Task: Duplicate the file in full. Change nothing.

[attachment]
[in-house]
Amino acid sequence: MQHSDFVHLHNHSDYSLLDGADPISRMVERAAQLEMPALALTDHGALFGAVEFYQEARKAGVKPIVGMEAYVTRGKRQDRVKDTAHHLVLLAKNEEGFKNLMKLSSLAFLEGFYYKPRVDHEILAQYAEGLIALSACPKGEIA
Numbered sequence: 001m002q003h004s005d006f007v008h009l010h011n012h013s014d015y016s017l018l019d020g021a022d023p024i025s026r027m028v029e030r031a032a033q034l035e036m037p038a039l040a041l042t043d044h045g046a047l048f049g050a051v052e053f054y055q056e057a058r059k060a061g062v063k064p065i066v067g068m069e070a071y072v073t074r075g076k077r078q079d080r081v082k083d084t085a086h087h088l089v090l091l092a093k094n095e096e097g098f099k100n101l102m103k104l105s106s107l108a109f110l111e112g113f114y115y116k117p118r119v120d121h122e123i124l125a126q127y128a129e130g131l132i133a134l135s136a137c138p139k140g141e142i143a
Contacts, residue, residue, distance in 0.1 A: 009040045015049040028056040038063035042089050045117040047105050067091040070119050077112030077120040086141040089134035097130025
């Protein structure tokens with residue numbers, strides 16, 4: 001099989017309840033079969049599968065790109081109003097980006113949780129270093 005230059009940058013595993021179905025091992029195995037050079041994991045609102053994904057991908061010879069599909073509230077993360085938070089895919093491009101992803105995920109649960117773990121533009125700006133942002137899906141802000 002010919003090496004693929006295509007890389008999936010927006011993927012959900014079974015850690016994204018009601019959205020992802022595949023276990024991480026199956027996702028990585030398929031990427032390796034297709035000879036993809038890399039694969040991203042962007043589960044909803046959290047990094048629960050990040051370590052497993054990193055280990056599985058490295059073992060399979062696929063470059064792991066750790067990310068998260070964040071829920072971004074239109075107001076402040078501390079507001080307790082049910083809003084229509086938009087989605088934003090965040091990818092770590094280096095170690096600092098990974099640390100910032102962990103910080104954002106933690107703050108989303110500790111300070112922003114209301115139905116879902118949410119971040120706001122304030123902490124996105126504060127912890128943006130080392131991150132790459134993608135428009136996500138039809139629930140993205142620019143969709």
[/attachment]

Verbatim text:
[in-house]
Amino acid sequence: MQHSDFVHLHNHSDYSLLDGADPISRMVERAAQLEMPALALTDHGALFGAVEFYQEARKAGVKPIVGMEAYVTRGKRQDRVKDTAHHLVLLAKNEEGFKNLMKLSSLAFLEGFYYKPRVDHEILAQYAEGLIALSACPKGEIA
Numbered sequence: 001m002q003h004s005d006f007v008h009l010h011n012h013s014d015y016s017l018l019d020g021a022d023p024i025s026r027m028v029e030r031a032a033q034l035e036m037p038a039l040a041l042t043d044h045g046a047l048f049g050a051v052e053f054y055q056e057a058r059k060a061g062v063k064p065i066v067g068m069e070a071y072v073t074r075g076k077r078q079d080r081v082k083d084t085a086h087h088l089v090l091l092a093k094n095e096e097g098f099k100n101l102m103k104l105s106s107l108a109f110l111e112g113f114y115y116k117p118r119v120d121h122e123i124l125a126q127y128a129e130g131l132i133a134l135s136a137c138p139k140g141e142i143a
Contacts, residue, residue, distance in 0.1 A: 009040045015049040028056040038063035042089050045117040047105050067091040070119050077112030077120040086141040089134035097130025
């Protein structure tokens with residue numbers, strides 16, 4: 001099989017309840033079969049599968065790109081109003097980006113949780129270093 005230059009940058013595993021179905025091992029195995037050079041994991045609102053994904057991908061010879069599909073509230077993360085938070089895919093491009101992803105995920109649960117773990121533009125700006133942002137899906141802000 002010919003090496004693929006295509007890389008999936010927006011993927012959900014079974015850690016994204018009601019959205020992802022595949023276990024991480026199956027996702028990585030398929031990427032390796034297709035000879036993809038890399039694969040991203042962007043589960044909803046959290047990094048629960050990040051370590052497993054990193055280990056599985058490295059073992060399979062696929063470059064792991066750790067990310068998260070964040071829920072971004074239109075107001076402040078501390079507001080307790082049910083809003084229509086938009087989605088934003090965040091990818092770590094280096095170690096600092098990974099640390100910032102962990103910080104954002106933690107703050108989303110500790111300070112922003114209301115139905116879902118949410119971040120706001122304030123902490124996105126504060127912890128943006130080392131991150132790459134993608135428009136996500138039809139629930140993205142620019143969709």